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An inherited property usually has to be sold before the beneficiaries can obtain their share of its value. For many, it is the home of a deceased loved one that makes up much of the value of their estate, and managing it without problems involves dealing with several factors that many are unaware of.

Assuming that the house is vacant and no longer needed, the key to successfully selling it is the existence of a Will, which should clearly name its executors and beneficiaries. Before acting on behalf of the deceased, the executor must obtain a grant of probate document, which is obtained from the Probate Registry. This can be done via an appointed legal provider who acts on behalf of the executor for a fee.

Once the grant of probate is obtained, the executor can then sell the house in the normal way, usually via an estate agent. With vacant possession, it is obvious that the property is well-maintained prior to its sale in order to get the best price; this can involve employing a gardener, managing on-going heating, doing regular repairs, and handling the disposal of any furniture.

However, achieving the sale is by no means the end of the story, as there will almost certainly be various bills to be paid off before any residual money can be distributed to beneficiaries. For estates with total assets worth more than £325,000, there is inheritance taxto be paid at the rate of 40% for all monies over that threshold, but note that this is payable only after all outstanding bills have been deducted. With estate agents, utility bills and any unfinished loans such as a mortgage, this will often keep the final estate value under the £325k tax threshold.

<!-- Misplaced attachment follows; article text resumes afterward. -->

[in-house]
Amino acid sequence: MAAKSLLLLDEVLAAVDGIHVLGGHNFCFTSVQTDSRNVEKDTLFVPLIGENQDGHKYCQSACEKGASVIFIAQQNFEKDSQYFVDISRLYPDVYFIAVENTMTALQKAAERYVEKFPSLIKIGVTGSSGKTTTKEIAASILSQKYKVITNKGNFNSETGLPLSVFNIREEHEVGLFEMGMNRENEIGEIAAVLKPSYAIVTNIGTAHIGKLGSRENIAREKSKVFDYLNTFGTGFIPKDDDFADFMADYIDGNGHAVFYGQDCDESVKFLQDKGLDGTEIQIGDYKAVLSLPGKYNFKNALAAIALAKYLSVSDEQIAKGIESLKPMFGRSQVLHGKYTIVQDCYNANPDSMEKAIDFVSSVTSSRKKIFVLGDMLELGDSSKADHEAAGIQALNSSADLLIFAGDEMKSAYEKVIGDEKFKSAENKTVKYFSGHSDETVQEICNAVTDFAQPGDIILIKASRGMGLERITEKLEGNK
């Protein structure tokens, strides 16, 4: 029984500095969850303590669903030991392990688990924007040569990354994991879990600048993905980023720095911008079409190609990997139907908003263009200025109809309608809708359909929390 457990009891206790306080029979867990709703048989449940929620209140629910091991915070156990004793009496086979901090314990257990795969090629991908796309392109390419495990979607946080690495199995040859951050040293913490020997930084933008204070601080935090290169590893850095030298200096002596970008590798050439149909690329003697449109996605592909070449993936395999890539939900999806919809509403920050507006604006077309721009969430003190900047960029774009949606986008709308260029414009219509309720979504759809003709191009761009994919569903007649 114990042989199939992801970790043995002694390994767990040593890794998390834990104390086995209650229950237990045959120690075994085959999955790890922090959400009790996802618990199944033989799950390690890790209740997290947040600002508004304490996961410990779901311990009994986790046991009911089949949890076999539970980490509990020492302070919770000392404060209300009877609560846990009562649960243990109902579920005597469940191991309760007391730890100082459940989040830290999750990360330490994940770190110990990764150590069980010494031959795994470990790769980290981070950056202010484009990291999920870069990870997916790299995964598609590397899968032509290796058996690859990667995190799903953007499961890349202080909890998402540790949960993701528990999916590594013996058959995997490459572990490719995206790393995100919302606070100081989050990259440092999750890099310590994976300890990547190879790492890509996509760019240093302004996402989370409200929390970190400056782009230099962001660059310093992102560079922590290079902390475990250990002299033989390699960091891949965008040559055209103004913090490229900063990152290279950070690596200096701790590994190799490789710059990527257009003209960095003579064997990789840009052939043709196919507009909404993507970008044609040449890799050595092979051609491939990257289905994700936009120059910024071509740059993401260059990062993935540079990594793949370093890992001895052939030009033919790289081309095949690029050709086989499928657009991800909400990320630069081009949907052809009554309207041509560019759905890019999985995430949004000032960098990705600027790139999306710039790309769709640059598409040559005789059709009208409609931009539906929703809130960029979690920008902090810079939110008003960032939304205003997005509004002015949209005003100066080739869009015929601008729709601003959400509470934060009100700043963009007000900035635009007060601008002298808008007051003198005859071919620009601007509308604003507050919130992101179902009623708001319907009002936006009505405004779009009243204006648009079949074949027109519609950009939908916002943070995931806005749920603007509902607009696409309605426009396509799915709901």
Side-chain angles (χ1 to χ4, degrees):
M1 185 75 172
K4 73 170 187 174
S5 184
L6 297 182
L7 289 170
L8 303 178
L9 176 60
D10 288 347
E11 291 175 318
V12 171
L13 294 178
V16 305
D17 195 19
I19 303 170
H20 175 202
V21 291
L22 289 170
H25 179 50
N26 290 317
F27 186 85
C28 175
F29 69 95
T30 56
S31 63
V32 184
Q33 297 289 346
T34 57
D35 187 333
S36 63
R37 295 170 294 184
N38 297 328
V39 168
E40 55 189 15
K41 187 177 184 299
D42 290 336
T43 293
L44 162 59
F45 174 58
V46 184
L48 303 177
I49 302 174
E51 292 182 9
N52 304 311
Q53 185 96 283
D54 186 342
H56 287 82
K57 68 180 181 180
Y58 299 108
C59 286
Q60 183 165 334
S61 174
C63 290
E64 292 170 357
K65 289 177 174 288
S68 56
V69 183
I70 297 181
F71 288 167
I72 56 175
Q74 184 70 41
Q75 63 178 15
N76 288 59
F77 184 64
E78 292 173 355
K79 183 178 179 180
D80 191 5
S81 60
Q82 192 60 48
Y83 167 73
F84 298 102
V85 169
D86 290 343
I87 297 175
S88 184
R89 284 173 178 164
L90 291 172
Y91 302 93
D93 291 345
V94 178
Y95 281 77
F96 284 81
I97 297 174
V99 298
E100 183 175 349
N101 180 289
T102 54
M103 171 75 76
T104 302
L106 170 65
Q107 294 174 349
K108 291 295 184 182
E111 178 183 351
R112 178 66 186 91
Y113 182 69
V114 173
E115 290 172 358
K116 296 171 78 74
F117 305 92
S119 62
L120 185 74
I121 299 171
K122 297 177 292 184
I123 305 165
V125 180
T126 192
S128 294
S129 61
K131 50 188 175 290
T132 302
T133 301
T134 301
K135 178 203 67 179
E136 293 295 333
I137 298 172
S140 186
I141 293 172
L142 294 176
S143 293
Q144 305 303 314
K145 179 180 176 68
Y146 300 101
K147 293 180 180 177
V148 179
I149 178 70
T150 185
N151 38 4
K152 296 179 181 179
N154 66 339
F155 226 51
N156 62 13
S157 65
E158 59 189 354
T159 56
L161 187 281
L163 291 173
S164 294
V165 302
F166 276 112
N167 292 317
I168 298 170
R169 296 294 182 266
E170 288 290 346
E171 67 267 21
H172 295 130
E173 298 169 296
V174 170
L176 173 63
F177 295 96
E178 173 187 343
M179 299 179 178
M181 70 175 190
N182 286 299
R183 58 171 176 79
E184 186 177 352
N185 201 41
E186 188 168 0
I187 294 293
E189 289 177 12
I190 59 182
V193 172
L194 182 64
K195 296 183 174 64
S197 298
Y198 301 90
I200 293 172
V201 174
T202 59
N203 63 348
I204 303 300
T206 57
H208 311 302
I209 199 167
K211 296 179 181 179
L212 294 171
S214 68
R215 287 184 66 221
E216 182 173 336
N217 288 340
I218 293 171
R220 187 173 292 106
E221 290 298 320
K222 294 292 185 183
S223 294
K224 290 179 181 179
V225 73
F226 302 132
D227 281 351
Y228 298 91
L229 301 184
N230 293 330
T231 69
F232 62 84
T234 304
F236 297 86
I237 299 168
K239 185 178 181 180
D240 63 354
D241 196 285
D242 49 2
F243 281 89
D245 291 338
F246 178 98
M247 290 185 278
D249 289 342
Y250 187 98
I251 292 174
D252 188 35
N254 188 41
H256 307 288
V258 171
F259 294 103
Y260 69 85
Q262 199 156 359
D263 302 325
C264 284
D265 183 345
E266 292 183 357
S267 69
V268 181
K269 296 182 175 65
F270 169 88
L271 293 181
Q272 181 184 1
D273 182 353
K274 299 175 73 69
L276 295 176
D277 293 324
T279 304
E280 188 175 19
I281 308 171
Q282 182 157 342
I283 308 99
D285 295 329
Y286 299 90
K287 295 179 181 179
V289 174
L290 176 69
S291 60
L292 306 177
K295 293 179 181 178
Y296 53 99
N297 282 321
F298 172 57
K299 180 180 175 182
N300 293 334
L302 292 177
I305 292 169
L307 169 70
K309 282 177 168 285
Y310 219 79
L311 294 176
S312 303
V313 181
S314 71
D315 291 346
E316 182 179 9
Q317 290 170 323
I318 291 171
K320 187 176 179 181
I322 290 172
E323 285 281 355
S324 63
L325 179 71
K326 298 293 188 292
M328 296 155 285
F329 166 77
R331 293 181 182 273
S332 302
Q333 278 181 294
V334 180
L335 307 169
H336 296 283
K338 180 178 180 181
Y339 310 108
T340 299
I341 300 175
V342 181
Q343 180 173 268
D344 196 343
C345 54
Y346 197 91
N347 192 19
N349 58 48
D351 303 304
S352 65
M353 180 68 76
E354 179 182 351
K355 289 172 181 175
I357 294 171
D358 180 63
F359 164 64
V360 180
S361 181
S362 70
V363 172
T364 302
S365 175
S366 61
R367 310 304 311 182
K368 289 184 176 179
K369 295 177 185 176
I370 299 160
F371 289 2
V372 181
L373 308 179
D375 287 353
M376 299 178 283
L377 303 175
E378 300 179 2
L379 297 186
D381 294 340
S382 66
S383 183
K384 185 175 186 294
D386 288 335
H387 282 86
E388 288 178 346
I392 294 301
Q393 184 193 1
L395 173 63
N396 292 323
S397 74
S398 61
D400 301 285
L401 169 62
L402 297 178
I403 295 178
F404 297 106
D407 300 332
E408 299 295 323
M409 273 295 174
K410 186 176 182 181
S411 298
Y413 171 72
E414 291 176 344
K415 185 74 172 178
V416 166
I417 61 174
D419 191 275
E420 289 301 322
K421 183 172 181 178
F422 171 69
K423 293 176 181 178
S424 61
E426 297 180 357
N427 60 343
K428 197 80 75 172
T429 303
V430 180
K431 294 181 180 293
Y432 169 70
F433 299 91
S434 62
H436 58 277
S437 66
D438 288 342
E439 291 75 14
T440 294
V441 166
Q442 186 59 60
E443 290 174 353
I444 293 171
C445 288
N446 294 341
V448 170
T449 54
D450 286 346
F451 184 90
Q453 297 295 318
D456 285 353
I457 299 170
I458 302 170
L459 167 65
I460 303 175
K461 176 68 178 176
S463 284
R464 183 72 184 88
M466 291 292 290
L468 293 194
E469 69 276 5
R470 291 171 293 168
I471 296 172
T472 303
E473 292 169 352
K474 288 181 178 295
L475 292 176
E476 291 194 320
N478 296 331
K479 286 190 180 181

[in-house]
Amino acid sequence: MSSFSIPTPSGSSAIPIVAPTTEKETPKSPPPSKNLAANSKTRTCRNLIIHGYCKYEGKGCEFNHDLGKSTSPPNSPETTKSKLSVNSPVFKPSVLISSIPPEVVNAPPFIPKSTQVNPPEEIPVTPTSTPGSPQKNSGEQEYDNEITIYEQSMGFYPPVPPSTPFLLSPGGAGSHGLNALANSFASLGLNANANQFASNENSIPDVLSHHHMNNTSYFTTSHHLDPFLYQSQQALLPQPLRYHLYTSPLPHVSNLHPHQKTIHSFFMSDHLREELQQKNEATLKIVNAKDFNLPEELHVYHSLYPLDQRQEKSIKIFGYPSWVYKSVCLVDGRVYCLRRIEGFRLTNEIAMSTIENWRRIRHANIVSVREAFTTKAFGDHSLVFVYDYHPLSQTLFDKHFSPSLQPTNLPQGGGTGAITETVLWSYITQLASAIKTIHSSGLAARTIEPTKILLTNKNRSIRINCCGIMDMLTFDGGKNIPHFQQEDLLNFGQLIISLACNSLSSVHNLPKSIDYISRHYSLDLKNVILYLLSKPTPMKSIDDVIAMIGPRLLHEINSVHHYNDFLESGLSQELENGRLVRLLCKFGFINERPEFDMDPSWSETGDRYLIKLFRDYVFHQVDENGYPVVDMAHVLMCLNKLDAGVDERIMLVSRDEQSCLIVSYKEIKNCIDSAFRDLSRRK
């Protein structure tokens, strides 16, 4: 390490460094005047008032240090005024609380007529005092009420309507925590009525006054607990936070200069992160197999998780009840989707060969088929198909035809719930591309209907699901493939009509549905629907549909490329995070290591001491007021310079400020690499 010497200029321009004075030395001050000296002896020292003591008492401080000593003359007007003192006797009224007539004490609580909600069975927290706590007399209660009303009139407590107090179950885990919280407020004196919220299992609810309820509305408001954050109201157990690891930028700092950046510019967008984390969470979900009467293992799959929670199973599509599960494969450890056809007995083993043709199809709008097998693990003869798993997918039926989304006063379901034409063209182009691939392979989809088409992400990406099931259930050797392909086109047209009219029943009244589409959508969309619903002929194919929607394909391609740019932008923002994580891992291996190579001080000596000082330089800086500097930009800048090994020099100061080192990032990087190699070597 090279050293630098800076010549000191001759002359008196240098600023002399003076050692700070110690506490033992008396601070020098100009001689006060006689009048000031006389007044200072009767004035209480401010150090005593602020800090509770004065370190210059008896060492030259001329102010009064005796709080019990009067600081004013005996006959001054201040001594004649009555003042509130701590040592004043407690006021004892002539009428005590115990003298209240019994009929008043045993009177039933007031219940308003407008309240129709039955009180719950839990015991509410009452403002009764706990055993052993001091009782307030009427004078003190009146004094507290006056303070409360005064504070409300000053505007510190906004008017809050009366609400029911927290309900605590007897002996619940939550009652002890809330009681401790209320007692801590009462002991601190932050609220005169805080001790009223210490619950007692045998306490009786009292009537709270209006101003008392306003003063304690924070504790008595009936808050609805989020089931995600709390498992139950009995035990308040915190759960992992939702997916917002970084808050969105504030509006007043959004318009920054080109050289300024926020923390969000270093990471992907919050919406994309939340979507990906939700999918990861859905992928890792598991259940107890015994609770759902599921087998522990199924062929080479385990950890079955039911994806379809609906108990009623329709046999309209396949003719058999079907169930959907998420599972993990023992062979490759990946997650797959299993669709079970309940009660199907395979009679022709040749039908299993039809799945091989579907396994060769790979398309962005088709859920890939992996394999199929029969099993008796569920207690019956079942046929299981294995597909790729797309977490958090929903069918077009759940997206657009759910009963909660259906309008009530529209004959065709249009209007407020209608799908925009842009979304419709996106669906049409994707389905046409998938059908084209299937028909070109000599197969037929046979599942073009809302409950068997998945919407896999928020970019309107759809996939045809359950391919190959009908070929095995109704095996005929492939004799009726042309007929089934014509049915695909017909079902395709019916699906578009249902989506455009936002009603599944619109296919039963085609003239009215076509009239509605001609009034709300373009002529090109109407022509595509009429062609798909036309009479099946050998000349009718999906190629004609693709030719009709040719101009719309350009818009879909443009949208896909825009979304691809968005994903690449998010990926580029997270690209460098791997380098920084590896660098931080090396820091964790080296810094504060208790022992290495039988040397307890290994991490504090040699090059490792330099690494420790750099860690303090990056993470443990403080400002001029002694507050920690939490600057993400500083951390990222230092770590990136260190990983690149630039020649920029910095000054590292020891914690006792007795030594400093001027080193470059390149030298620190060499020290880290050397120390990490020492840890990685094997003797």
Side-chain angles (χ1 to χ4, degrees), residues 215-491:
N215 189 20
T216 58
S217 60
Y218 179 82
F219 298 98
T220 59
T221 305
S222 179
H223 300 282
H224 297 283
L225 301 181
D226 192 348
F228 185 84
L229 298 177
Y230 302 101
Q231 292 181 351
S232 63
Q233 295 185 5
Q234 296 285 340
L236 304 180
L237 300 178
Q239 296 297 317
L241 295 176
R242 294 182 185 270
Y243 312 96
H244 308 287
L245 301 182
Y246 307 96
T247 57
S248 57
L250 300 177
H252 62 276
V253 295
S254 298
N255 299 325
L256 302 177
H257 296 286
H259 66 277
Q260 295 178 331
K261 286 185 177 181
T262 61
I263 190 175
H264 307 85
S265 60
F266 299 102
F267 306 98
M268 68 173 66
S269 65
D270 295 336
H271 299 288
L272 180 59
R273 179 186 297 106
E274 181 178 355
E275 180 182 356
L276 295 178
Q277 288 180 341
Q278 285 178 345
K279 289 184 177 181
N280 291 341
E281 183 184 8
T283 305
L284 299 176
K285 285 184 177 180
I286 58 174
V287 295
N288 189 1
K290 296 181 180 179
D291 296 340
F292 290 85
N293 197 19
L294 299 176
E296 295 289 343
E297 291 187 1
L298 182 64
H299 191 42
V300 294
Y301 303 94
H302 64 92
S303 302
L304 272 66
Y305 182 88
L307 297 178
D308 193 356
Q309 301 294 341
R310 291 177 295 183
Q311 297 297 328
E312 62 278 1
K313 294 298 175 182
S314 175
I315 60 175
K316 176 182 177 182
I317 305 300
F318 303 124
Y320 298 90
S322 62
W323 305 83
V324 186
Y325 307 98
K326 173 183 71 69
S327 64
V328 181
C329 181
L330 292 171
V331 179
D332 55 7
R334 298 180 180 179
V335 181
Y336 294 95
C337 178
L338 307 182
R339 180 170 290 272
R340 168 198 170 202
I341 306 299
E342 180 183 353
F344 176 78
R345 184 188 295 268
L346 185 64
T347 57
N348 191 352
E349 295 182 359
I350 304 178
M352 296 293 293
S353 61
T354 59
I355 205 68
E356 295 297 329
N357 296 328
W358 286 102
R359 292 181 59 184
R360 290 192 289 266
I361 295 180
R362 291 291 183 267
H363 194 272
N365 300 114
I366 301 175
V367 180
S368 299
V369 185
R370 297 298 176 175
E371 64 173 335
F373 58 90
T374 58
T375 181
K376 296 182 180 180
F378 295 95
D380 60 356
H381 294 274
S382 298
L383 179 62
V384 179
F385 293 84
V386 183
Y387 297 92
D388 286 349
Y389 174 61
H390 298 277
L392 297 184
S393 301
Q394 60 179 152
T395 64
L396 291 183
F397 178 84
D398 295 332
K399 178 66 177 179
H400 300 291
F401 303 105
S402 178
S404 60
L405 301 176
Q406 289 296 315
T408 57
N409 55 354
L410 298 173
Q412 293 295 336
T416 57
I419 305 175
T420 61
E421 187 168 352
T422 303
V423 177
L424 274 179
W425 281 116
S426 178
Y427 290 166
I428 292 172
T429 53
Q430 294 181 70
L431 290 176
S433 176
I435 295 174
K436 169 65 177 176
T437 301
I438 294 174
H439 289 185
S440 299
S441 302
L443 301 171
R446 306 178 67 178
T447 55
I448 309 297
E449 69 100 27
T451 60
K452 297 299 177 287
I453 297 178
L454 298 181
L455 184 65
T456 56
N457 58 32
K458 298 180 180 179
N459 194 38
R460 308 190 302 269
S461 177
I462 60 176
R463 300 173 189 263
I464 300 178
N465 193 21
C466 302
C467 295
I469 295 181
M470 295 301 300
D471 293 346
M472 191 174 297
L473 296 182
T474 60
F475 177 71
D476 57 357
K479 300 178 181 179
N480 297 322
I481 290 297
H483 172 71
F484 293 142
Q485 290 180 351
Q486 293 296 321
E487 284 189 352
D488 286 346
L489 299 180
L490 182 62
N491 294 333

Another complicating factor can be Capital Gains Tax(CGT) which applies if the property’s value increases in the period between bereavement and sale. Each beneficiary is allowed £11,000 before CGT applies (18% for basic rate payers or 28% for higher rate), so unless house prices are moving fast or there is a long delay before sale then CGT may not become a problem. CGT is payable by beneficiaries from the proceeds of the estate.

Inheriting property as a result of a death can cause a mixture of feelings; and having to deal with legal problems during a period of mourning is the last thing anyone wants. Therefore, it is important to ensure that the legacy of your loved one is properly preserved by contacting a professional company for assistance.


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